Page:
How to Transform Ugly Relationships at Work That Derail Success

What you can do to get off that slippery slope of chronic arguments with certain co-workers without blaming or judging them or them blaming or judging you.

“Maybe we should both go to anger management classes,” Cory said to me with utter frustration.

“Yes, maybe you should,” I countered, equally frustrated.

Cory was having a bad relationship day that was causing me to have an equally bad relationship day. He called me complaining about Ginny, yet again.

And Ginny was not any better. She constantly referred to Cory as “the one she could never please” blaming herself and whining about it.


They could not and would not hear the other.

I was at my wits end. As their manager I wondered if I should fire both of them and start with a clean slate. Maybe I could transfer one of them to a different site? Or, maybe I should follow my fantasy of packing it in and moving to a quiet island.

My frustration was like a chronic itch I could not scratch. I am usually so good at resolving conflict. What was not working now?

I needed diversion and went to check my emails. My assistant just sent the newest version of our conflict resolution quiz and suggested I take it. “Hey, how did she know I was stuck in the mud with Cory and Ginny?”

When I finished the quiz I sat wondering how we would ever have peace in the Middle East if my hard working direct reports could not get past the “He did it, she did it” phase of relating.

And then it hit me.


The unholy triangle was being played out.

Yikes, I had forgotten to look at my role in the on-going dispute. Yup, I was part of that damned “unholy triangle”: persecutor/ victim/rescuer.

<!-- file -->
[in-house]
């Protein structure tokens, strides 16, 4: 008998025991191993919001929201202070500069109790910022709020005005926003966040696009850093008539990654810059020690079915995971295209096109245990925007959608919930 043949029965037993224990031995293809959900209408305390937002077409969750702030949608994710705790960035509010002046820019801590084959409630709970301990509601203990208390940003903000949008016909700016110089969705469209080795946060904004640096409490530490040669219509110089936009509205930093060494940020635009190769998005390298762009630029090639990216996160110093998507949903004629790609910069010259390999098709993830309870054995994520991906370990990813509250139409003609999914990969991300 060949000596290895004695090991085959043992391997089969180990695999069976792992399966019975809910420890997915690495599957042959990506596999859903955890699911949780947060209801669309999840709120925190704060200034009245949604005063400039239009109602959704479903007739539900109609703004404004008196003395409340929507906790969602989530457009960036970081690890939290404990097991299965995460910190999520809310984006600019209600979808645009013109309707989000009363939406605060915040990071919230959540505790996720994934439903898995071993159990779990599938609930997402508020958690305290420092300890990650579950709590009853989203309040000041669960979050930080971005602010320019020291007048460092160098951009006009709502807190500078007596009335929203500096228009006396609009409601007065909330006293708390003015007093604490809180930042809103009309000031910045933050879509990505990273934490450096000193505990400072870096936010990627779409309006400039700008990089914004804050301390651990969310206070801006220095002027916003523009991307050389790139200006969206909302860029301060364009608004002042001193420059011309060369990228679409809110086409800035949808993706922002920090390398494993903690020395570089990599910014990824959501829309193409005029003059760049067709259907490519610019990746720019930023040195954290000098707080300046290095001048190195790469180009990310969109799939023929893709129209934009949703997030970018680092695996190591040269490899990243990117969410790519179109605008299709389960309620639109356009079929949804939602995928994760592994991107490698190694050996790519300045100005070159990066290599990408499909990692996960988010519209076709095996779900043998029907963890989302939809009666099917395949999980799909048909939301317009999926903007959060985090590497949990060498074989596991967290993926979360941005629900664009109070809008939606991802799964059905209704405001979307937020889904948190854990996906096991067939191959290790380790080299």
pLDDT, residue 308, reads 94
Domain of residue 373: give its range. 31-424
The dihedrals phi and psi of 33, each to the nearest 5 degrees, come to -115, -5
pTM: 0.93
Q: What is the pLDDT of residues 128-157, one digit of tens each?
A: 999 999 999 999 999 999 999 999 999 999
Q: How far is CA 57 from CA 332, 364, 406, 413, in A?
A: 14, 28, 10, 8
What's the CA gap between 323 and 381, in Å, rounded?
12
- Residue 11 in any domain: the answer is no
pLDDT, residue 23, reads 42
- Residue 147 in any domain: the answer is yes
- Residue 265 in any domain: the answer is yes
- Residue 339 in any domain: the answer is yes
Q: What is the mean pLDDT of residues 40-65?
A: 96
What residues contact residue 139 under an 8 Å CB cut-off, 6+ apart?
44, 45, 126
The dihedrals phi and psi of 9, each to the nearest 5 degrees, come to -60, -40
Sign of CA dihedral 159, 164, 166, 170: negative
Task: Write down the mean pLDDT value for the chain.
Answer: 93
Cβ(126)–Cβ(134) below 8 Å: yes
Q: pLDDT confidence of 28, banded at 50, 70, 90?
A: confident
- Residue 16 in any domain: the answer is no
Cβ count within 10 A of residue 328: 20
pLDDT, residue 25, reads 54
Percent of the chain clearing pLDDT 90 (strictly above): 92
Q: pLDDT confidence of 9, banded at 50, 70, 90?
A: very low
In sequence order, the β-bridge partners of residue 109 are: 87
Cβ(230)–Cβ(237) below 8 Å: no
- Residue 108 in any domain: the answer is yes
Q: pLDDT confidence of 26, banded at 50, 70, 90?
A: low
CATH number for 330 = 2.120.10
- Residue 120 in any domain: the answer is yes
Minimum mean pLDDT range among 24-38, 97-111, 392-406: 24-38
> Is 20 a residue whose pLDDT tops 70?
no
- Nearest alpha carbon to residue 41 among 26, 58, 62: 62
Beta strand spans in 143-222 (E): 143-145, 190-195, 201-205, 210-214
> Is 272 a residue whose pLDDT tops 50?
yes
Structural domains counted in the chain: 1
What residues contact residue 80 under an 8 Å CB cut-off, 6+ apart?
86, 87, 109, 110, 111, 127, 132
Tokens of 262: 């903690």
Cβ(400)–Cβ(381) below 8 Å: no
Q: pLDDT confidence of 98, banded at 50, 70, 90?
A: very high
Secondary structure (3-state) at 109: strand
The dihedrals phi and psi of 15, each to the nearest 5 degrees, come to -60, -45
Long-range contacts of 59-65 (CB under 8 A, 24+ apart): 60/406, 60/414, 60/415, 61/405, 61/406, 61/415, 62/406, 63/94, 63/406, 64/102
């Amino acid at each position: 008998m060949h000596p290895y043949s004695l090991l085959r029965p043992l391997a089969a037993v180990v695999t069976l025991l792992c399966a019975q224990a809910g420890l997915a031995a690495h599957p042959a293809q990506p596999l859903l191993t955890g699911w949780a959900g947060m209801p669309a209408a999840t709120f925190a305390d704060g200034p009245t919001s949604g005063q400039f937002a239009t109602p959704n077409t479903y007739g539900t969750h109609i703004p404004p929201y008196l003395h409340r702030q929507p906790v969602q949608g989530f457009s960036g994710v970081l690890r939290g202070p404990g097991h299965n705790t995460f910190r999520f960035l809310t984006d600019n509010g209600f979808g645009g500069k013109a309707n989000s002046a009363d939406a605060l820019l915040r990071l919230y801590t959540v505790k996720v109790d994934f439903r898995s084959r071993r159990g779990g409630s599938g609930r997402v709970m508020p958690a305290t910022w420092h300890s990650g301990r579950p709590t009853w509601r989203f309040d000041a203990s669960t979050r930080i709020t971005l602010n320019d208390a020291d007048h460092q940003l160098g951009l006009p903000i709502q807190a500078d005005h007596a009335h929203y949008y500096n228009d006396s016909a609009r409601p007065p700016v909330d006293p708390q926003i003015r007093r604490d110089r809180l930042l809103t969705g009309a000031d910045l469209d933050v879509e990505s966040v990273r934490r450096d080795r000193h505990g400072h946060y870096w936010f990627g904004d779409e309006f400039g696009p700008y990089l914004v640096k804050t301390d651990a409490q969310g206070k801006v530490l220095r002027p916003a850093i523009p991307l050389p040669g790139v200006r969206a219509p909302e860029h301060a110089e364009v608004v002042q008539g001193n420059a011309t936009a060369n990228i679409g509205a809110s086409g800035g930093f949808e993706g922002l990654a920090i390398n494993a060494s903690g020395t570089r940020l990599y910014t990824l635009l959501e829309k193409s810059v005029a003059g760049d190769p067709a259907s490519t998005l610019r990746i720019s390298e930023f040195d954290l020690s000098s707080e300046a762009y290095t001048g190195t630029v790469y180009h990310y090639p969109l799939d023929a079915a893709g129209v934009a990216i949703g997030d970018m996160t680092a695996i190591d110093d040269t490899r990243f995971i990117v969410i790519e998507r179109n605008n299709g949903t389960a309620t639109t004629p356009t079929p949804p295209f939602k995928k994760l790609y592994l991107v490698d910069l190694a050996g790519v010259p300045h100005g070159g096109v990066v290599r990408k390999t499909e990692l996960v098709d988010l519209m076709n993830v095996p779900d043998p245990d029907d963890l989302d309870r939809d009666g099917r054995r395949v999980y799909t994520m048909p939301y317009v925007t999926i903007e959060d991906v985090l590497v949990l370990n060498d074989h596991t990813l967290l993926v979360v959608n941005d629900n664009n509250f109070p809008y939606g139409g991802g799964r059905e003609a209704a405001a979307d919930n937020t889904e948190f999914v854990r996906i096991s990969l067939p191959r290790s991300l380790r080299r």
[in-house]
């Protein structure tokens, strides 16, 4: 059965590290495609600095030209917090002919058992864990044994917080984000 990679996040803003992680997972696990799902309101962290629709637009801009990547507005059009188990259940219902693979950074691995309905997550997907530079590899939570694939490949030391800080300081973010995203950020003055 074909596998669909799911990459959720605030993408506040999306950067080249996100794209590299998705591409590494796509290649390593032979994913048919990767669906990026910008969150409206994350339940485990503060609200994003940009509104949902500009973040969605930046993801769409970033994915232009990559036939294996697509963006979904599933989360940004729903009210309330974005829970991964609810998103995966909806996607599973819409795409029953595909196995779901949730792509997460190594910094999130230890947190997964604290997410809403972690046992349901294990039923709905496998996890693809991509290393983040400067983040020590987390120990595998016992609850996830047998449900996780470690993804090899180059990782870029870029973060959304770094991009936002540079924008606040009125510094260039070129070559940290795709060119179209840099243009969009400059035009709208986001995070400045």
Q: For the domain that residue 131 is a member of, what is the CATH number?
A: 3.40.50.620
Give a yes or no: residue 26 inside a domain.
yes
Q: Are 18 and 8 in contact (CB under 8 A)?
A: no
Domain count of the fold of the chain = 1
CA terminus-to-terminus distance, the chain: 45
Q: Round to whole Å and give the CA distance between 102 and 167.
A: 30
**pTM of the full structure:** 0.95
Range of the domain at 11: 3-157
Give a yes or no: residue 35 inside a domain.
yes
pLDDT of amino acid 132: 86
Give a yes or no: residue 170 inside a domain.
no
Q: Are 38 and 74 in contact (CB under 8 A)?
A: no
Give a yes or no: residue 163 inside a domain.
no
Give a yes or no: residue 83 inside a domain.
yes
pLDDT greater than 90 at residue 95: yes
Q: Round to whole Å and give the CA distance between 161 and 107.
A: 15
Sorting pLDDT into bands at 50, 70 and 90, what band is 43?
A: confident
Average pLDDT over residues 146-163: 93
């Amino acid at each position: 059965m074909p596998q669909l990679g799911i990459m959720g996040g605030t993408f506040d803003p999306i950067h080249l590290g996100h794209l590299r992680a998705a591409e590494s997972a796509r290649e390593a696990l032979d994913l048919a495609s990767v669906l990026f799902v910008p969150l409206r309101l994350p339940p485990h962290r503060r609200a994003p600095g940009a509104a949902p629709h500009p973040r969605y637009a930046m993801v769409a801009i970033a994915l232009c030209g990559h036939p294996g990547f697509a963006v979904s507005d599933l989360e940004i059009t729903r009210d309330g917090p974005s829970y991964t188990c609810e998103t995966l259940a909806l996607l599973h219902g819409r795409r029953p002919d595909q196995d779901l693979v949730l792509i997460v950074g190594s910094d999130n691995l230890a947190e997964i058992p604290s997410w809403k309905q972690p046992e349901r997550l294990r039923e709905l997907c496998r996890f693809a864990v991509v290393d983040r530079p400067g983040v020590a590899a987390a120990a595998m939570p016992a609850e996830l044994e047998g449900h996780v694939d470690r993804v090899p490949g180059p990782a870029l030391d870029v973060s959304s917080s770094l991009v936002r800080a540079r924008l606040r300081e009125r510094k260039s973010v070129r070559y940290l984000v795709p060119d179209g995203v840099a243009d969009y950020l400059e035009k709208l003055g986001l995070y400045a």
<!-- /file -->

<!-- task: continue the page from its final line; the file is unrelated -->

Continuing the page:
I simply forgot to do what I teach and look at my part in this on-going dispute.

Ah ha! Now there was room for change and it had to begin with me.

I had gotten lazy. I did not factor my own “unconscious bias” into the equation. I was monitoring the jabs and punches that Cory and Ginny were giving each other and not really taking the time to check my internal reactions. I just wanted the bickering to be over.


Time to transform those patterns.

Here is what happened. I met with Cory and Ginny and rather than be a mediator I drew a triangle on the whiteboard.

The persecutor transformed becomes a visionary, the victim becomes an explorer and the rescuer becomes a mentor.

So far so good. They were listening. I admitted I was working overtime to rescue Ginny who I saw as the victim. And while I liked Cory I did see him as the real perpetrator of the arguments. They were listening, really listening.


It’s good to play truth and dare.

The truth began with me. Once I told my truth without judgment or blame it set the stage for the others to do the same. I needed to move from rescuer to mentor and until I was willing to see my part and do something about it we would continue to be stuck in that rut.

You see, it is really true, that the truth will set you free. And opens the door for freedom for others.

First, observe your own ingrained patterns, then take charge of learning how they developedand finally begin the transformation process. It starts by saying OUT LOUD what your own pattern is and what you are willing to do to change your behavior.

I stopped rescuing Ginny I took on the role as mentor. I became a great questioner, after all that is what a real mentor does.


Originally published at Inc